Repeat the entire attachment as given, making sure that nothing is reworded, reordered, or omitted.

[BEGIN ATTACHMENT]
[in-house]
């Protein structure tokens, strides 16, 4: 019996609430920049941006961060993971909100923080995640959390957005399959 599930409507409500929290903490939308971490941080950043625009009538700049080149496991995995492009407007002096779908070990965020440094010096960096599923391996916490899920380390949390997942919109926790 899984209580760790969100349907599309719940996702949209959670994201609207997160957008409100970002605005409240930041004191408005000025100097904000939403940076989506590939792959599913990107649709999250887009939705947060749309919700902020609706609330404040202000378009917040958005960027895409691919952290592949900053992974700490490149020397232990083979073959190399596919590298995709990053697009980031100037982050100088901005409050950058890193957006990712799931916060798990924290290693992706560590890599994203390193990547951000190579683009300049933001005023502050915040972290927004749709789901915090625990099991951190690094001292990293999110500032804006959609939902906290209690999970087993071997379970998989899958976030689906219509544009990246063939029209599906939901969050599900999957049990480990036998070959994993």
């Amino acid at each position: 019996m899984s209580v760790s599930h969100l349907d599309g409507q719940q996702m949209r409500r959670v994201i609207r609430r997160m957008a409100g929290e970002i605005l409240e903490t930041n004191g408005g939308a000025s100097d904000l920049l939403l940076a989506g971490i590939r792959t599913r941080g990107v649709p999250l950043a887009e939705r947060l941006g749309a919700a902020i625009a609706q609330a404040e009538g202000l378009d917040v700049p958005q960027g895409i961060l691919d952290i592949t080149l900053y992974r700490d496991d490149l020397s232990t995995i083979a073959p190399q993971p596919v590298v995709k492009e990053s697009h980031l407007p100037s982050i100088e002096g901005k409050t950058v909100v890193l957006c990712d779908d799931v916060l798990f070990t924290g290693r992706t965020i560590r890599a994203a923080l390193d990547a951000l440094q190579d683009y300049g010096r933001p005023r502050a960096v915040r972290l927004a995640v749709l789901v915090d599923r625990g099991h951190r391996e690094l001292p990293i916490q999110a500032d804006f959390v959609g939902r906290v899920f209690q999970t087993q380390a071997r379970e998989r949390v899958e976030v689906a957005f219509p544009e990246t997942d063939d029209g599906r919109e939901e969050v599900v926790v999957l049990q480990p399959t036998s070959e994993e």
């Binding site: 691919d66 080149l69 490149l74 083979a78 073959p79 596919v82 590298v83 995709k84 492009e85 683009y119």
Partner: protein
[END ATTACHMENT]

[in-house]
């Protein structure tokens, strides 16, 4: 019996609430920049941006961060993971909100923080995640959390957005399959 599930409507409500929290903490939308971490941080950043625009009538700049080149496991995995492009407007002096779908070990965020440094010096960096599923391996916490899920380390949390997942919109926790 899984209580760790969100349907599309719940996702949209959670994201609207997160957008409100970002605005409240930041004191408005000025100097904000939403940076989506590939792959599913990107649709999250887009939705947060749309919700902020609706609330404040202000378009917040958005960027895409691919952290592949900053992974700490490149020397232990083979073959190399596919590298995709990053697009980031100037982050100088901005409050950058890193957006990712799931916060798990924290290693992706560590890599994203390193990547951000190579683009300049933001005023502050915040972290927004749709789901915090625990099991951190690094001292990293999110500032804006959609939902906290209690999970087993071997379970998989899958976030689906219509544009990246063939029209599906939901969050599900999957049990480990036998070959994993």
């Amino acid at each position: 019996m899984s209580v760790s599930h969100l349907d599309g409507q719940q996702m949209r409500r959670v994201i609207r609430r997160m957008a409100g929290e970002i605005l409240e903490t930041n004191g408005g939308a000025s100097d904000l920049l939403l940076a989506g971490i590939r792959t599913r941080g990107v649709p999250l950043a887009e939705r947060l941006g749309a919700a902020i625009a609706q609330a404040e009538g202000l378009d917040v700049p958005q960027g895409i961060l691919d952290i592949t080149l900053y992974r700490d496991d490149l020397s232990t995995i083979a073959p190399q993971p596919v590298v995709k492009e990053s697009h980031l407007p100037s982050i100088e002096g901005k409050t950058v909100v890193l957006c990712d779908d799931v916060l798990f070990t924290g290693r992706t965020i560590r890599a994203a923080l390193d990547a951000l440094q190579d683009y300049g010096r933001p005023r502050a960096v915040r972290l927004a995640v749709l789901v915090d599923r625990g099991h951190r391996e690094l001292p990293i916490q999110a500032d804006f959390v959609g939902r906290v899920f209690q999970t087993q380390a071997r379970e998989r949390v899958e976030v689906a957005f219509p544009e990246t997942d063939d029209g599906r919109e939901e969050v599900v926790v999957l049990q480990p399959t036998s070959e994993e």
């Binding site: 691919d66 080149l69 490149l74 083979a78 073959p79 596919v82 590298v83 995709k84 492009e85 683009y119």
Partner: protein